15. I don’t think that jp has a good understanding of the U.S. electoral system or the Democratic Party. I highly recommend these articles, which have arguments that one should grapple with even if one disagrees:


  16. As a former, longtime participant and supporter of the ‘embed the left where the working people are’ theory, I’m familar with the arguments, Professor Schulman. I abandoned them after observing that this approach has moved the left inexorably rightward, to the point where it supports Kerry and Obama.

    If 2000 proves that Green strategy doesn’t work, the last 35 years prove ‘moving the D’s left’ is ridiculous – for many of the very reasons used against third parties (just can’t ‘win’, the system is rigged to allow only those with money to win, wasted effort when we should be movement building, etc.). (I’m also a veteran of the Jackson 88 campaign, which was the last opportunity to create a real leftwing of the D’s., and should be additional evidence to abandon this strategy.)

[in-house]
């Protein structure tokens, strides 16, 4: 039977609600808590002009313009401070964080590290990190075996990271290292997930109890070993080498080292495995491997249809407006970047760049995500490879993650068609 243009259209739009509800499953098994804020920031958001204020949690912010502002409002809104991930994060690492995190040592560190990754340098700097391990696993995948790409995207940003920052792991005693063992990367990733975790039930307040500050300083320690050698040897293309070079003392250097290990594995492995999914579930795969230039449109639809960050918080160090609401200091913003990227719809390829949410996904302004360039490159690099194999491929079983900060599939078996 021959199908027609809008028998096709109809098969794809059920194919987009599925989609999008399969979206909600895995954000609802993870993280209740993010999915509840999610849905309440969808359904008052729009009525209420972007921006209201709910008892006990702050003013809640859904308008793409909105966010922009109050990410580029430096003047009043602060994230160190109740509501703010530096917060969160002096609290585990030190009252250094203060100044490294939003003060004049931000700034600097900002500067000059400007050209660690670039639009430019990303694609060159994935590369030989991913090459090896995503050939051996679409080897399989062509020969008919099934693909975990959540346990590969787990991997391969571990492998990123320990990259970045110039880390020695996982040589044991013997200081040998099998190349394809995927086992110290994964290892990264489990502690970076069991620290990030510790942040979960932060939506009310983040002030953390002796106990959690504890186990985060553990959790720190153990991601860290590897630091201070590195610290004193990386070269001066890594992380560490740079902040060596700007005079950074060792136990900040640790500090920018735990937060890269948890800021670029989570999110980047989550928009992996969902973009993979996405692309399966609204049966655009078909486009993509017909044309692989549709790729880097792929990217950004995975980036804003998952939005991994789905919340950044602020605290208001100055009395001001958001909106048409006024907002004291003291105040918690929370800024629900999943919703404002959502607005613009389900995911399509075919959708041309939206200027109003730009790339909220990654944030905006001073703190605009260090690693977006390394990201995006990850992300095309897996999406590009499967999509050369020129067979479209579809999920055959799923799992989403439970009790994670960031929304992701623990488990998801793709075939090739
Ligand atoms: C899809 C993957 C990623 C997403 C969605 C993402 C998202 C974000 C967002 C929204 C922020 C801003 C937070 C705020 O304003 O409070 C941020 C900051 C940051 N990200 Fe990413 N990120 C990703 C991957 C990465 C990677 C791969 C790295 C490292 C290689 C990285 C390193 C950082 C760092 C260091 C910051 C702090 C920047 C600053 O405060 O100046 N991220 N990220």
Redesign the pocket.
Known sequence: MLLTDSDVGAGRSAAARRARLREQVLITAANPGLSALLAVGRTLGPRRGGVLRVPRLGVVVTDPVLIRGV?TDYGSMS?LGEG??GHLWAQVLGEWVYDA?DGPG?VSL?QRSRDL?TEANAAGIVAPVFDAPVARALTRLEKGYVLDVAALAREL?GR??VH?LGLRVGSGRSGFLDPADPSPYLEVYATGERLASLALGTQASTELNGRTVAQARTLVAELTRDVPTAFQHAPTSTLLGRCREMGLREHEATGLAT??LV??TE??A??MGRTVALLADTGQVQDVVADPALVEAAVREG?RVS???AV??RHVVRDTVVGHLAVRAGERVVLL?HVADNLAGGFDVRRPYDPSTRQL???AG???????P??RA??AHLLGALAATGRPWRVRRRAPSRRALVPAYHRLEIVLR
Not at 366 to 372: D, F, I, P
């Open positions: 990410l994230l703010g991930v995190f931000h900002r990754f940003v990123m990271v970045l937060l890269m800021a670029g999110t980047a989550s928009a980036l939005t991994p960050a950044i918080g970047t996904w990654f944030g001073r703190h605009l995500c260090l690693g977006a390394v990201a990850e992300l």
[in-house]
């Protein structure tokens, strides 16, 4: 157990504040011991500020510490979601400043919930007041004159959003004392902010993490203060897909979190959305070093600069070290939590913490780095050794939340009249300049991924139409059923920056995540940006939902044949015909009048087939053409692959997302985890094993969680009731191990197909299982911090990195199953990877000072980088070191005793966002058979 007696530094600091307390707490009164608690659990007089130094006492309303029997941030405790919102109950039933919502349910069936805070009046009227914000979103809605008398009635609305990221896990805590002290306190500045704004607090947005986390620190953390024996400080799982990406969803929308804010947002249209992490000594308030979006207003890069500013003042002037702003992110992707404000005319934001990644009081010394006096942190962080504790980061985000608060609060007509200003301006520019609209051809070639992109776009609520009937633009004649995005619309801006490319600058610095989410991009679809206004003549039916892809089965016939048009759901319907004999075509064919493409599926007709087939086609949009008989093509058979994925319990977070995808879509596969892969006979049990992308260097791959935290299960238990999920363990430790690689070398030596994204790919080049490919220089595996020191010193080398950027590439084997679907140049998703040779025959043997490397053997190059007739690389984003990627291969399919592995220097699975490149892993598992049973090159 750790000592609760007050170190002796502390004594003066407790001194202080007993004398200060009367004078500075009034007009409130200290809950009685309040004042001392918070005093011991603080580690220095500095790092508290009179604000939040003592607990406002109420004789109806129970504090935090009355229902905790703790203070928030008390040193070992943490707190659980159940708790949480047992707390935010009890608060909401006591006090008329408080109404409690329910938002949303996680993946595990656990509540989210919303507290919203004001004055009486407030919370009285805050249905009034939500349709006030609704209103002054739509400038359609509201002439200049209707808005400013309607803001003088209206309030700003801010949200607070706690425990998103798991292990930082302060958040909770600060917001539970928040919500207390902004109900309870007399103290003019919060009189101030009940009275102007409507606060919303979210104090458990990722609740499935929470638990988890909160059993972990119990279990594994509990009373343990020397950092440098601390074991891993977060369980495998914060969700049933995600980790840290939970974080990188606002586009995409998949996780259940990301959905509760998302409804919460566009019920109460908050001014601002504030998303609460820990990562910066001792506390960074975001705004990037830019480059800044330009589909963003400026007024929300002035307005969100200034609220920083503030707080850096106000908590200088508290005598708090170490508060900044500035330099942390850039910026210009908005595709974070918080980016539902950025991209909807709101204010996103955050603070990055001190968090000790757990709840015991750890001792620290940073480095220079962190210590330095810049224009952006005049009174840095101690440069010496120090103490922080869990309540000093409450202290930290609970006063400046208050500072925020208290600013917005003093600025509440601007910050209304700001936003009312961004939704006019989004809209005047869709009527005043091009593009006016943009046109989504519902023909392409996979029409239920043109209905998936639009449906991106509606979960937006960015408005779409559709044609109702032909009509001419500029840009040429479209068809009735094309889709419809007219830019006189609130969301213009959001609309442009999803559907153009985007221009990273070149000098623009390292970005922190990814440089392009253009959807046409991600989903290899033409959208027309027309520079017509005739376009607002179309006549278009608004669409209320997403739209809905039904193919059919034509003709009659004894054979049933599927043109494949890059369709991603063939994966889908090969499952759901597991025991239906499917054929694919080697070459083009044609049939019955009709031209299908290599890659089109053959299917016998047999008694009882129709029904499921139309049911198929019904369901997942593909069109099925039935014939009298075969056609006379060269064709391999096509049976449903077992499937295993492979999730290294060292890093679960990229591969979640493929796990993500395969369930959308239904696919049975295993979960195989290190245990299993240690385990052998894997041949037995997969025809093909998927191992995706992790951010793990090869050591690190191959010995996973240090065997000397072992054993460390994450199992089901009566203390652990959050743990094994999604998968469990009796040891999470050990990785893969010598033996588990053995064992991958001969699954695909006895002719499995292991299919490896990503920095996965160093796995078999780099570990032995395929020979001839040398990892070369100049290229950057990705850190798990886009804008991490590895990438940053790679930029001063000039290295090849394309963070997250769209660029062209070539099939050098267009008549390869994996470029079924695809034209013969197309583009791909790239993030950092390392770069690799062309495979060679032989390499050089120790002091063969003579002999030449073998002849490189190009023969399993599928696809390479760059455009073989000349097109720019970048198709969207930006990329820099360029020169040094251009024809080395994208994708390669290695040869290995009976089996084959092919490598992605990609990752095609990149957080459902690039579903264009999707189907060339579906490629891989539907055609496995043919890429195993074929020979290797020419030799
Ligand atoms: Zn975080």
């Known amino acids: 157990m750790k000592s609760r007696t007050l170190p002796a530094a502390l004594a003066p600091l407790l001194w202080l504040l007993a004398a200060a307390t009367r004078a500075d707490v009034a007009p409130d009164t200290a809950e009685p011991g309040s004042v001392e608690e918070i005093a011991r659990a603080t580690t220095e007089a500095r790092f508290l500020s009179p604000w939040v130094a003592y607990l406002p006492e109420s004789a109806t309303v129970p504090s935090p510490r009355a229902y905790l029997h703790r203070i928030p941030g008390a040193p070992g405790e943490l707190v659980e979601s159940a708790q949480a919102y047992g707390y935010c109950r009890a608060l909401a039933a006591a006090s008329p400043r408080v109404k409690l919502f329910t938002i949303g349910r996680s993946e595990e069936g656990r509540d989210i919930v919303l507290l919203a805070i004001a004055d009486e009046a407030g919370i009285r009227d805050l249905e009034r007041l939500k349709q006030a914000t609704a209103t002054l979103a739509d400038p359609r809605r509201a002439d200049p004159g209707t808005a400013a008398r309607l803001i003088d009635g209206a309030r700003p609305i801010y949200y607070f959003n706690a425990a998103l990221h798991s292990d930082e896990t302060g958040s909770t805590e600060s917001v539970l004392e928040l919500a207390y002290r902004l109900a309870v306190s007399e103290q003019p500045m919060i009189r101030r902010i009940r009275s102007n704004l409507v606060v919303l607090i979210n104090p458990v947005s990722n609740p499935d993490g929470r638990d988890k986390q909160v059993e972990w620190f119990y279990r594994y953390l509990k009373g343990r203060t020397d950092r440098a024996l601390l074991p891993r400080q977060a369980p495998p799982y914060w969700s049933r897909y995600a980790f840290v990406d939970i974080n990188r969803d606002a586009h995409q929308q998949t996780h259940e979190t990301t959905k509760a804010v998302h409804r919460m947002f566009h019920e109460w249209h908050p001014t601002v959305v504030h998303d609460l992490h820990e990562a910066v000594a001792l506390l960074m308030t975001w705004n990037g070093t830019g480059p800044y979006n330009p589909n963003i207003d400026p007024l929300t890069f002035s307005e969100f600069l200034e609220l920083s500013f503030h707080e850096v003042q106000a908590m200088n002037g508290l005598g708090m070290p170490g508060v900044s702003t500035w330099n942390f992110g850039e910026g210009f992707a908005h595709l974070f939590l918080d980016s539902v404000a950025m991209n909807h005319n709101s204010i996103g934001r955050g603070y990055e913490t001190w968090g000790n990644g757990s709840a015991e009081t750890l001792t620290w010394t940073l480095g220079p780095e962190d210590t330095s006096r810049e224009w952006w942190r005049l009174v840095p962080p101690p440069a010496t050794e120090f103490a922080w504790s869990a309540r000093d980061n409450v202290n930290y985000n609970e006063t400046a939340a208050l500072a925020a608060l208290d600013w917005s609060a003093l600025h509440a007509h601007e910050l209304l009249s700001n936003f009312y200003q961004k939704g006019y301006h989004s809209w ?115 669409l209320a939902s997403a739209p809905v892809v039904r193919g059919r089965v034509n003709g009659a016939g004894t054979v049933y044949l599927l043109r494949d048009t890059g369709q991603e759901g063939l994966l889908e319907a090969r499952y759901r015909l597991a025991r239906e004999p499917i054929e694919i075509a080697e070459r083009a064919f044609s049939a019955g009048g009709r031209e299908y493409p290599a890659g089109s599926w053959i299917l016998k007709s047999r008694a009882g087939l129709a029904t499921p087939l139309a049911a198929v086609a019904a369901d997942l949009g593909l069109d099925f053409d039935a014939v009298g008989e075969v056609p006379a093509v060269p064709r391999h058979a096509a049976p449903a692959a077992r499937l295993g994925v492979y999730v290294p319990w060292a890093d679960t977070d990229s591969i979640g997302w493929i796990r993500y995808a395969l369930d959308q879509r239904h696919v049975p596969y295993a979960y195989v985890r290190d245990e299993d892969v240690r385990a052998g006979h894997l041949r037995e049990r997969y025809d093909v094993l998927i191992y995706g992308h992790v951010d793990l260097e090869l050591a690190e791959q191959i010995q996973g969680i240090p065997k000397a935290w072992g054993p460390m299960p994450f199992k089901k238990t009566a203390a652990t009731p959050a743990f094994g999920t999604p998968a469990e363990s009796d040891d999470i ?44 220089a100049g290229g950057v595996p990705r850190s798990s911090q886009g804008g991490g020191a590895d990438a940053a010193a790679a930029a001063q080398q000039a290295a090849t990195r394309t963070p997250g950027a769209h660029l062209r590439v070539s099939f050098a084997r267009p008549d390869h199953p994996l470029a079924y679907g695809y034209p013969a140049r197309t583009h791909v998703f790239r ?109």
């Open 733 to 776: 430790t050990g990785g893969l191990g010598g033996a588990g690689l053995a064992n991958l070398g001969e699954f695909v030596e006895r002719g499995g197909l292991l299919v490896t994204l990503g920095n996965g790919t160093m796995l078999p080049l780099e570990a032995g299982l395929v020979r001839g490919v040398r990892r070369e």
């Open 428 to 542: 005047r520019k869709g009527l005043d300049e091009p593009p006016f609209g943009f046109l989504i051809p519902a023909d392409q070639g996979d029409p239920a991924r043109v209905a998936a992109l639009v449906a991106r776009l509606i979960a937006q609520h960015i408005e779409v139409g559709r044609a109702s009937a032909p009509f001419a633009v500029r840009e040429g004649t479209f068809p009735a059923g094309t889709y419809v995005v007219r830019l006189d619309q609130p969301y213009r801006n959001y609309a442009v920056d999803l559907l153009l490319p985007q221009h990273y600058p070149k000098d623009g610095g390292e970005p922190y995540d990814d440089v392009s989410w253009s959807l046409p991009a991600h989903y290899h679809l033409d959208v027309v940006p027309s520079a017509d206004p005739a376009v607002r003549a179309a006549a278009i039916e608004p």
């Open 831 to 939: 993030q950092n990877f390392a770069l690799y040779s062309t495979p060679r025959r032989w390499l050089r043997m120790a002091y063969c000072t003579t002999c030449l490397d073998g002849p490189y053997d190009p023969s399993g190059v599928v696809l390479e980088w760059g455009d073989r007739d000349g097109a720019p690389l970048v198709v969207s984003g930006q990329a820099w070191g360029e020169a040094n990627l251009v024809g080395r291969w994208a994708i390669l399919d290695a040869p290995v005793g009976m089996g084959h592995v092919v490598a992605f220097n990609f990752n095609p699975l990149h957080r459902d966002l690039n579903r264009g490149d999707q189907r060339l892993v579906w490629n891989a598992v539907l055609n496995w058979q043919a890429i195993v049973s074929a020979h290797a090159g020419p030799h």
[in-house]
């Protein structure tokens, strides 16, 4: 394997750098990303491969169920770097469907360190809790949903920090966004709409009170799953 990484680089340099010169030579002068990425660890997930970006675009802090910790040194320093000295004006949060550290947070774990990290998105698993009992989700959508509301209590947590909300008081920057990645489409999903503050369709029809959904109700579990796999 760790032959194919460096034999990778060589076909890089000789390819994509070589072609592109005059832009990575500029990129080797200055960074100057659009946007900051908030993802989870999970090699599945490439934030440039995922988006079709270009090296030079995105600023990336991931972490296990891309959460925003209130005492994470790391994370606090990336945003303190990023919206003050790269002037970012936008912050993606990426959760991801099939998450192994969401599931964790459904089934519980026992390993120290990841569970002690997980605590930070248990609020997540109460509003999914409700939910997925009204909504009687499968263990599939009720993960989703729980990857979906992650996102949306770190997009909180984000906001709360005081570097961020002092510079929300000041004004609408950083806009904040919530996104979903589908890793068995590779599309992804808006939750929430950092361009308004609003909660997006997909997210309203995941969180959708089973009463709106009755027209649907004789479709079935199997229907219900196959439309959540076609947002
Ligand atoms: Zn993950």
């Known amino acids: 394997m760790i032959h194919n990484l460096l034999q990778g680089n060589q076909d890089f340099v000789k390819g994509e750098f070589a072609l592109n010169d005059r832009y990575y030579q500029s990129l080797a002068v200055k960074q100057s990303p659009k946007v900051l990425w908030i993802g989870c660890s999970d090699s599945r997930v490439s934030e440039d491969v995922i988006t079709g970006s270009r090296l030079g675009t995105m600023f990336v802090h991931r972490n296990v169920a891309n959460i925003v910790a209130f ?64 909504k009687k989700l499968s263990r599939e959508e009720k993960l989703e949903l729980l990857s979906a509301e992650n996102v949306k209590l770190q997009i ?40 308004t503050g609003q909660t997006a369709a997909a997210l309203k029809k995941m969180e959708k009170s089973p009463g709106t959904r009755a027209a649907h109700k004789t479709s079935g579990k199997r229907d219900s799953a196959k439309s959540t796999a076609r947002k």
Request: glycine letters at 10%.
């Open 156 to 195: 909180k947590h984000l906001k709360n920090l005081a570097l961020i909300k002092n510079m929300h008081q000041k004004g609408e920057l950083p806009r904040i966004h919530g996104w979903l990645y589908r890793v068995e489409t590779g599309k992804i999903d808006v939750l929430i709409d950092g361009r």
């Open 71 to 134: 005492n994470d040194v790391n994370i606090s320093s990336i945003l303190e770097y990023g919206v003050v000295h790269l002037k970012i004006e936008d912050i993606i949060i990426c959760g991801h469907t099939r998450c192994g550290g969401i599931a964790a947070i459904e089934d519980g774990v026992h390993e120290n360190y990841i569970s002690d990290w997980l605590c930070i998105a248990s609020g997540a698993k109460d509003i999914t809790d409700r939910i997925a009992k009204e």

oh, and please forward your links to D. Henwood – statements by him like “I can hear my inner Trot saying, “Break with the Dems, people!” show that he, too is clearly in need of your tutorial.

    But afraid that your understanding of empire and slaughter needs a little pick-me-up, here’s one for you to grapple with (warning: requires non-binary thinking):

    In my ignorance, I would have hoped to left could unite, at least, in opposing those who would pursue such horrific ‘policies.’ Would you still support the D’s if they targeted your kids, or the kids across the street, instead of those far-away?

  17. Since Nader wasn’t actually getting elected, his value was otherwise: putting forward an acceptable platform all the left could unite around and attempting to break the binary. As a bonus, for those who actually think the D’s can be moved left, he pointed out that unless you have a breaking point and are willing to abandon them, the D’s will do to you what Obama is now doing to his ‘critical supporters.’

    Nader’s campaign was itself a seed of a movement, which could have gone somewhere had the left not been paralyzed with D/R toxins. Now we know the poison – what’s the antidote? The left can’t break with a party of wage slavery, empire and slaughter until itsecures 51% of the voting public?

    Non-electoral organizations and movements are fine. I’m not committed ‘to getting a populist quasi-social democrat elected into the White House,’ as you somehow inferred, I simply expressed regret that the left is so vicious about Nader, given the water he’s carried.